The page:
To determine whether TcRobo2/3 can act equivalently to Robo3 to promote axon pathway formation in intermediate regions of the Drosophila embryonic CNS, I used anti-FasII to examine the development of intermediate FasII-positive axon pathways in the various genetic backgrounds described above (Fig. 4). In robo3 1 mutant embryos, FasII-positive intermediate axon pathways fail to form in their proper position, instead shifting closer to the midline and merging with pathways in the medial zone (Fig. 4b) [6, 7]. This defect appears in 100% of hemisegments in robo3 1 mutants and is fully rescued when the robo3 locus is replaced with an HA-tagged wild-type robo3 cDNA (Fig. 4c) [8]. I found that proper formation of intermediate axon pathways is also restored in over 88% of hemisegments when robo3 is replaced by TcRobo2/3 (Fig. 4d), indicating that TcRobo2/3 can substitute for Drosophila robo3 to promote axon pathway formation in the fly embryonic CNS.

While FasII-positive longitudinal axon pathways are the most commonly used marker for robo3-dependent medial–lateral positioning in the Drosophila CNS, other axons rely on robo3 for their proper positioning within the intermediate neuropile, including chordotonal sensory axons and FasII-negative longitudinal axons [6, 7, 20]. To ask whether TcRobo2/3’s ability to substitute for robo3 also applies to other neuronal subsets in the Drosophila embryonic CNS, I examined a subset of neurons labeled by the sema2b-TauMyc marker, which relies on a cloned promoter fragment from the semaphorin gene sema2b to express the microtubule-binding TauMyc fusion protein in a subset of sema2b-expressing longitudinal axons [7]. These sema2b-positive axons do not express FasII, and they cross the midline to form a contralateral longitudinal pathway in the intermediate neuropile at an earlier timepoint than the FasII-positive axons examined above [5] (Fig. 4e). Consistent with previous reports, I found that the sema2b axons are shifted to a medial position in robo3 1 mutants, but select their normal intermediate position in robo3 robo3 embryos [7, 8] (Fig. 4f, g). In robo3 TcRobo2/3 embryos, the sema2b axons also select their normal intermediate position, indicating that TcRobo2/3 can substitute for robo3 to direct these axons to the intermediate region of the neuropile. Together, these results demonstrate that Tribolium Robo2/3 can act equivalently to Drosophila robo3 to specify an intermediate lateral position in at least two distinct sets of interneurons in the fly embryonic CNS.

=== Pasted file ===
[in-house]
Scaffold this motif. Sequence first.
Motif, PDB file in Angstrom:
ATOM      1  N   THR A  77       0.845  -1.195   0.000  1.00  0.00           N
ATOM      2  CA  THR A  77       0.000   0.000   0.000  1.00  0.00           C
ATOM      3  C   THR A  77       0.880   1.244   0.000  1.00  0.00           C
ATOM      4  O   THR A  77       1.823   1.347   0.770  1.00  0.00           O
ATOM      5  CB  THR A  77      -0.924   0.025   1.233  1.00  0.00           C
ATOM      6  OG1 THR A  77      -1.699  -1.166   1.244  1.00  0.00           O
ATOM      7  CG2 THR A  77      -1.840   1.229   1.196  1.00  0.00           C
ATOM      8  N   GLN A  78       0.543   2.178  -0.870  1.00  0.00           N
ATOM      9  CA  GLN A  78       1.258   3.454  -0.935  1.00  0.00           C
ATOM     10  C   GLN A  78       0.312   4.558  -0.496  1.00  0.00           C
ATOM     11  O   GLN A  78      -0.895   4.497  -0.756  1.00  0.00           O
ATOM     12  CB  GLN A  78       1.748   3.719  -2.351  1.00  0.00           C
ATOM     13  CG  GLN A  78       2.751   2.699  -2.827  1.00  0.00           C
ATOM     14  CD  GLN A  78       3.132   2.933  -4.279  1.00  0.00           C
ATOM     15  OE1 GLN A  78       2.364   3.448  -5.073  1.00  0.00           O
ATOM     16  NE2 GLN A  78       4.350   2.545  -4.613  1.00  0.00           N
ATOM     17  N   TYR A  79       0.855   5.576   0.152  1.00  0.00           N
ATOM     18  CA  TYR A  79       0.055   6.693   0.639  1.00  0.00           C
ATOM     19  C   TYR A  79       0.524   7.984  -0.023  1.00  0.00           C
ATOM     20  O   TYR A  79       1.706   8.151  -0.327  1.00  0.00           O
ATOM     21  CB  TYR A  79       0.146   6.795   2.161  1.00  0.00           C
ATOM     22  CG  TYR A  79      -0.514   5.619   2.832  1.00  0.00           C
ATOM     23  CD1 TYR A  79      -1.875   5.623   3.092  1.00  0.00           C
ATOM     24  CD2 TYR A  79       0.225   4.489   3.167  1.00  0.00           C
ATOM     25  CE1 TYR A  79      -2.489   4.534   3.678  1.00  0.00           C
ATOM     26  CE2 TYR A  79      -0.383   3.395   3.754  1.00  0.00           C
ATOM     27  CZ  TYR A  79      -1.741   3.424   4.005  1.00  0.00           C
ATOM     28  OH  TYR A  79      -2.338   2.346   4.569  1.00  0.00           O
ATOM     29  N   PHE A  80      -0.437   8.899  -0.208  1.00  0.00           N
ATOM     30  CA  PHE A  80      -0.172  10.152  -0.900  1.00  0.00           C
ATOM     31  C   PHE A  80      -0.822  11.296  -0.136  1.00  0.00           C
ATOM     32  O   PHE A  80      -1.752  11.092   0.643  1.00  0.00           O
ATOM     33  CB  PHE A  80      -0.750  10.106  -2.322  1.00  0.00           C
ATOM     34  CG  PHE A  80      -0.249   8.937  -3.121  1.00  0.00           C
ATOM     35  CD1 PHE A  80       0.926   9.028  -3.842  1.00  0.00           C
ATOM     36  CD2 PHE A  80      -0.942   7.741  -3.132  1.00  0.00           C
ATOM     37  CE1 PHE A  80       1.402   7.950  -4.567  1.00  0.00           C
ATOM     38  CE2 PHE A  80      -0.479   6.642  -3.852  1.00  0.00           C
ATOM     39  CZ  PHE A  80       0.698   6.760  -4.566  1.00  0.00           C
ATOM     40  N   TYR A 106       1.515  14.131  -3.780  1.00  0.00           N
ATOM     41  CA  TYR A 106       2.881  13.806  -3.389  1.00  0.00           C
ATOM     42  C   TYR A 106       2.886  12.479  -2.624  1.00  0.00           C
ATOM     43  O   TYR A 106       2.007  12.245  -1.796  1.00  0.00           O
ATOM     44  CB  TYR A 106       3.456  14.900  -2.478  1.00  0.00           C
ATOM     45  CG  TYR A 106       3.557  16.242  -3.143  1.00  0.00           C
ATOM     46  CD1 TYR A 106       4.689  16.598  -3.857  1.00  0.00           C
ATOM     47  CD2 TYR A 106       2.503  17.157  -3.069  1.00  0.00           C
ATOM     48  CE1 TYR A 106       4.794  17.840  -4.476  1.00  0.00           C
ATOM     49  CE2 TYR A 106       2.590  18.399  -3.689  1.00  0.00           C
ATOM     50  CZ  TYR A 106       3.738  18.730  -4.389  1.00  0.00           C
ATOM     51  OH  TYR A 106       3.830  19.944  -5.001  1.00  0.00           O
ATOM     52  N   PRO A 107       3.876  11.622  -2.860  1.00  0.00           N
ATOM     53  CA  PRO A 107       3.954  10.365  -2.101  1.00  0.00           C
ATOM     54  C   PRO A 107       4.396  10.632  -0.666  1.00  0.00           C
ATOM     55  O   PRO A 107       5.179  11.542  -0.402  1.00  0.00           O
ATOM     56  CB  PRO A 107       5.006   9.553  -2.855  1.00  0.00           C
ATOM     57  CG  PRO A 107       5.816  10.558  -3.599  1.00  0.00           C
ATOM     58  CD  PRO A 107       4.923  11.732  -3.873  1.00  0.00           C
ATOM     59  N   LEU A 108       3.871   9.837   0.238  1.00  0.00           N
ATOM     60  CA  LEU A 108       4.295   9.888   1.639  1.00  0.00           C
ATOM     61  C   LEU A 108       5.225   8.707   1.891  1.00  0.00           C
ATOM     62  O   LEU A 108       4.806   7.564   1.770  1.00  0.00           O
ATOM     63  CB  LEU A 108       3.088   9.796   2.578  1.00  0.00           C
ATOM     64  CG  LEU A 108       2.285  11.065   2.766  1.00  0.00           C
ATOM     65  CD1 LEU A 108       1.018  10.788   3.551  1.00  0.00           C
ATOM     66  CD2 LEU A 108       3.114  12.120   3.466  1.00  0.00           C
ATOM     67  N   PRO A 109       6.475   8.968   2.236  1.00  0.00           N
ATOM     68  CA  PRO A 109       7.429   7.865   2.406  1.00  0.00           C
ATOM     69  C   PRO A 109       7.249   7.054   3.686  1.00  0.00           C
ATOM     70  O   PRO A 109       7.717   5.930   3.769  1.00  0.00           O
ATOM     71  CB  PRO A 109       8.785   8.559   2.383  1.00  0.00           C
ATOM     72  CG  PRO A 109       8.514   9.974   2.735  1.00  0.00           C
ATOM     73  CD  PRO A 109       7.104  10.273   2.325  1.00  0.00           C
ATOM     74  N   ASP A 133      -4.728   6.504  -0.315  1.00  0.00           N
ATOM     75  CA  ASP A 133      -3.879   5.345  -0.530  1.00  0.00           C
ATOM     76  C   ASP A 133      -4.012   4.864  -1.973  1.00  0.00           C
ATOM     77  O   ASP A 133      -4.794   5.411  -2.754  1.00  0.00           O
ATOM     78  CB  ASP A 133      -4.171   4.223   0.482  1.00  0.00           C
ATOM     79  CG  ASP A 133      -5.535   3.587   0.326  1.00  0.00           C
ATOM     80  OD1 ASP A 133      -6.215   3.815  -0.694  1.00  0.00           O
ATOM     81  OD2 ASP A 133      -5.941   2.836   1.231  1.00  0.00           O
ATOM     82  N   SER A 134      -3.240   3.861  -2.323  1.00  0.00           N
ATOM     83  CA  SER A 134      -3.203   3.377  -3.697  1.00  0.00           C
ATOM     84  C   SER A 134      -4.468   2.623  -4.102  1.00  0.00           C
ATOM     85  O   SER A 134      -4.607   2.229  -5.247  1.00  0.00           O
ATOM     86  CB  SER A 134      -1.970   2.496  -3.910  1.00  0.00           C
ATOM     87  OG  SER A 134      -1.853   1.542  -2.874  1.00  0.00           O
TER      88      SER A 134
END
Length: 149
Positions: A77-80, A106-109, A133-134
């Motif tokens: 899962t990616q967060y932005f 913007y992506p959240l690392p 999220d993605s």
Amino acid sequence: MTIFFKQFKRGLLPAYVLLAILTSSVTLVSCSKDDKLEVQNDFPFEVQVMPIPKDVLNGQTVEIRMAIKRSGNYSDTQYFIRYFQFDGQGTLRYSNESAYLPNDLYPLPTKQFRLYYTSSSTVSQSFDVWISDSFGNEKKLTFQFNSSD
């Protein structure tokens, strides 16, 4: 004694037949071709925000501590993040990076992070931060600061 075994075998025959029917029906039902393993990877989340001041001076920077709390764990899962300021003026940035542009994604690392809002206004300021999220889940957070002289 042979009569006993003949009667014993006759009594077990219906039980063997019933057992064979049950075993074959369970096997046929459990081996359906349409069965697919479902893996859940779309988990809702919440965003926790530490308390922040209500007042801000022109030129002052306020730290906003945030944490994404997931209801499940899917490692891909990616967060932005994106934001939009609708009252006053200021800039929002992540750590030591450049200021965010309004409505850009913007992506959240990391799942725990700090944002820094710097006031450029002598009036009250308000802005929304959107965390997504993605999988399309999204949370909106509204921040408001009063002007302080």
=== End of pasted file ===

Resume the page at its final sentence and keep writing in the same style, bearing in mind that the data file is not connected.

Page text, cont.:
Discussion

In this paper, I have used a CRISPR/Cas9-based gene replacement approach to directly examine the evolutionary conservation of axon guidance activities within the Robo family of axon guidance receptors. I have replaced the Drosophila melanogaster robo3 gene with its ortholog from the flour beetle Tribolium castaneum, TcRobo2/3. I compared the expression of TcRobo2/3 protein in this modified background with the normal expression of Robo3 in wild-type embryos and examined Robo3-dependent guidance of two distinct subsets of longitudinal axons in the ventral nerve cord of wild-type, robo3 mutant, and robo3 TcRobo2/3 gene replacement embryos. My results suggest that the mechanism(s) by which robo3 and TcRobo2/3 regulate axon guidance outcomes in the Drosophila and Tribolium embryonic CNS, respectively, are evolutionarily conserved. In addition, the gene replacement approach described here should be broadly applicable to evo-devo studies of other genes in Drosophila and other insects.

Evolutionary conservation of Robo3-dependent axon guidance mechanisms

Three lines of evidence suggest that TcRobo2/3 can act equivalently to Robo3 to guide Drosophila axons: (1) The subset of longitudinal axons that normally express Robo3 are still localized to the lateral two-thirds of the neuropile when they express TcRobo2/3 instead of Robo3; (2) FasII-positive axon pathways in the intermediate neuropile form in their proper location when robo3 is replaced by TcRobo2/3; and (3) sema2b-positive longitudinal axons also select their correct intermediate position when robo3 is replaced by TcRobo2/3. These observations, together with a previous report that RNAi-mediated knockdown of TcRobo2/3 disrupts intermediate pathway formation in the Tribolium embryonic CNS [11], suggest that the mechanism by which Drosophila Robo3 promotes longitudinal pathway formation is evolutionarily conserved in Tribolium, where it is performed by TcRobo2/3. CRISPR approaches have recently been used successfully in Tribolium [21], so it should be possible to perform the complementary experiments by replacing TcRobo2/3 with Drosophila robo3. In this case, robo3 should be able to replace the function of TcRobo2/3 to promote intermediate pathway formation, but the lateral pathways (which presumably depend on a robo2-like activity of TcRobo2/3) may not form properly.